Investigation Shows Heroin-Related Deaths Are Not Accurately Counted

English: Modified IM/IV syringe used for "...

English: Modified IM/IV syringe used for “plugging” heroin. (Photo credit: Wikipedia)

Elected officials, law enforcement officers and others proclaim there’s a heroin “epidemic” sweeping the country, and it’s taking hold in rural and suburban communities once considered unlikely places to find illicit drugs.

But nobody knows how many people have died.

Nobody knows how many have overdosed and survived.

Nobody even knows for certain where the problem is most severe.

Read more:  http://www.pottsmerc.com/general-news/20140511/investigation-shows-heroin-related-deaths-are-not-accurately-counted/1

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BOSTON BOMB SUSPECT IS CAPTURED

BOSTON — The teenage suspect in the marathon bombings, whose flight from the police after a furious gunfight early Friday morning sparked an intense manhunt that virtually shut down the entire Boston metropolitan area all day, was taken into custody Friday night after the police found him hiding in a boat in the backyard of a house in Watertown, Mass., a senior law enforcement official said.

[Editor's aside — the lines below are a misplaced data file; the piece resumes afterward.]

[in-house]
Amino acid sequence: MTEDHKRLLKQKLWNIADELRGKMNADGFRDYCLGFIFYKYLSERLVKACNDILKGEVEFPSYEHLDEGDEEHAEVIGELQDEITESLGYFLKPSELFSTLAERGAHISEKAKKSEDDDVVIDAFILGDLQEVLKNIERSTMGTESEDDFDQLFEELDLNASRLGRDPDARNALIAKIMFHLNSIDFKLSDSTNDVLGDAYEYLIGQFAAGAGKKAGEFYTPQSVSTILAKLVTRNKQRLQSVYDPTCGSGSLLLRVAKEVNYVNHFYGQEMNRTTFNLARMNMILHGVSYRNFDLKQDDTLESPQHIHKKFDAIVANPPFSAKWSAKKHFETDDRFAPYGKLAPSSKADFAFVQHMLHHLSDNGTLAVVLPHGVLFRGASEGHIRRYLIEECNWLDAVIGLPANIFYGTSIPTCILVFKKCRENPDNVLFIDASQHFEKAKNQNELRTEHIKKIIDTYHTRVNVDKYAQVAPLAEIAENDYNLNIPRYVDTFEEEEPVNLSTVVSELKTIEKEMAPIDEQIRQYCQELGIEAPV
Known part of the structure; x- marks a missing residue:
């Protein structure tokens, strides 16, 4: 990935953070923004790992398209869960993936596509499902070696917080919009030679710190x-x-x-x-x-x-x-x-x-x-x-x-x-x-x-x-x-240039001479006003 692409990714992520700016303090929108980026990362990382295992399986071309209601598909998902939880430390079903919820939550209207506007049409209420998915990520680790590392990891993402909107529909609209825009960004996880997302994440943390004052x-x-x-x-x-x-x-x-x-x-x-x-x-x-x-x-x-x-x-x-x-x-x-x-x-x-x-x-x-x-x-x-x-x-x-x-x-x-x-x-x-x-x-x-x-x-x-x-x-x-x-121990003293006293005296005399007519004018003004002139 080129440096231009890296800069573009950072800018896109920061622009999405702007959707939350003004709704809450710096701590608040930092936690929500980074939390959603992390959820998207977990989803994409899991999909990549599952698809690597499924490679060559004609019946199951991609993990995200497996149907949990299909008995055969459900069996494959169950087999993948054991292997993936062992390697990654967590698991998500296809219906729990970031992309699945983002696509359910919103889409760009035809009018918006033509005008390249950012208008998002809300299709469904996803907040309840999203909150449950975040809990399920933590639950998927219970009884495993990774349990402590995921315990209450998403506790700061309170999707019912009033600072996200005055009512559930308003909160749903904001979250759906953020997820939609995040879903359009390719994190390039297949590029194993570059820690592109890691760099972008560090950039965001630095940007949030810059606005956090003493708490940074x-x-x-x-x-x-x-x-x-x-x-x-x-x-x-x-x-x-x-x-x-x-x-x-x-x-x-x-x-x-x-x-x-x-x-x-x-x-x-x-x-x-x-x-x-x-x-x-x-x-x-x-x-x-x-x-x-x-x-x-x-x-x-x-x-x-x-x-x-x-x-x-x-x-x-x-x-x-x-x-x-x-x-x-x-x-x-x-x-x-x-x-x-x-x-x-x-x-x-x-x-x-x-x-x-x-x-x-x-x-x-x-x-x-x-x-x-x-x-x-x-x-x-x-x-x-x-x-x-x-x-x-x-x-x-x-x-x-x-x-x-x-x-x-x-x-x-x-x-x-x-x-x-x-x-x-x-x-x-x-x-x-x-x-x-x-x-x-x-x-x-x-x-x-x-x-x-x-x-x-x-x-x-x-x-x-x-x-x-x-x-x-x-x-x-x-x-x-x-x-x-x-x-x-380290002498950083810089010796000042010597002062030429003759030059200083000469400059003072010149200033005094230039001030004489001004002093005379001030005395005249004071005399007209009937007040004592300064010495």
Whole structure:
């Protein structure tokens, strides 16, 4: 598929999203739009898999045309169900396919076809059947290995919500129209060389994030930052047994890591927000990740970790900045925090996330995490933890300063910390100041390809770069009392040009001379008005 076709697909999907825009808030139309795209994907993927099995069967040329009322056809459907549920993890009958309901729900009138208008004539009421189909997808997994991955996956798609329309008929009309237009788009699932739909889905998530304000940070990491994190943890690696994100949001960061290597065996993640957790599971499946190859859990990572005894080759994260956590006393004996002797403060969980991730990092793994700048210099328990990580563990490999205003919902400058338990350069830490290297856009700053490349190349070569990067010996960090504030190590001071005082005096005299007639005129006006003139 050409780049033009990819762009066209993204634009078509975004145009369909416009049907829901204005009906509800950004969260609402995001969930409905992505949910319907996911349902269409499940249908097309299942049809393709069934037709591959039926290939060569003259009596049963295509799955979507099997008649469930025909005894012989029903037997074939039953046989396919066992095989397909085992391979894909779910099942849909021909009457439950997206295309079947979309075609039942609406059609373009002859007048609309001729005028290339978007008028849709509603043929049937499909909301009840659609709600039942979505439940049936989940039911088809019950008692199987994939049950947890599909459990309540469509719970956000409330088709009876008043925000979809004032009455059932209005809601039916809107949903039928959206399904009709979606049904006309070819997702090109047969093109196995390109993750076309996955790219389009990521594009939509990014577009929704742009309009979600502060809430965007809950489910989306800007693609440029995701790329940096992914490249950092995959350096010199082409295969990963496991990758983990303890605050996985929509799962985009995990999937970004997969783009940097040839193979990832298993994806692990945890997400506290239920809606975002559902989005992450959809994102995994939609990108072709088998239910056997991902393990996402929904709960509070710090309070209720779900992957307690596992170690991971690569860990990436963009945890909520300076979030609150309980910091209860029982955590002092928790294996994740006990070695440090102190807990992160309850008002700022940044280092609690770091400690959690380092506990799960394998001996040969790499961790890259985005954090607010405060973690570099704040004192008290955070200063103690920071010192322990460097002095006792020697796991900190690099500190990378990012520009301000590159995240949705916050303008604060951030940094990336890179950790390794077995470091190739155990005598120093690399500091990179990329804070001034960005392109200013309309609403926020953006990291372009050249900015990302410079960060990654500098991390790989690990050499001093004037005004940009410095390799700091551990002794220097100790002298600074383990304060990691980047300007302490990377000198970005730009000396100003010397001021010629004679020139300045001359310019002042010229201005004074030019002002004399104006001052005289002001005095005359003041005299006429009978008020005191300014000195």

Two law enforcement officials said that the suspect, Dzhokhar A. Tsarnaev, 19, was found in a boat parked behind a house there.  It was not immediately clear what condition he was in.

A police officer at the scene said that the man was covered in blood when he was captured.  An ambulance was already there. The Boston Police Department announced on Twitter:  “Suspect in custody.  Officers sweeping the area.”  And Mayor Thomas M. Menino posted, “We got him.”

As around 30 law enforcement officers — wearing helmets — walked away from the scene of what had been a tense standoff only minutes earlier, neighbors who had gathered on an adjacent street applauded and shouted, “Thank you! Thank you!”

Read more:  http://www.nytimes.com/2013/04/20/us/boston-marathon-bombings.html?hp&_r=0

Texting Ban Starts Next Week In PA

English: A sign that states "No Texting W...

Image via Wikipedia

Joey Castro thinks he can safely text while driving.

The 19-year-old from Tobyhanna said he waits until there are no cars in front of him to quickly respond to messages from his mom and girlfriend while he drives to class at Northampton Community College.

Castro knows texting can be dangerous, but thinks he might forget to respond until after class and his mom might worry about him. He knows the keyboard so well, he said, that his eyes don’t stray from the road for long.

But starting Thursday, Castro said he will put his phone away until he’s parked. And that’s exactly what law enforcement officers want to see.

Read more: http://www.mcall.com/news/nationworld/pennsylvania/mc-pa-texting-driving-ban-starts-20120301,0,6825801.story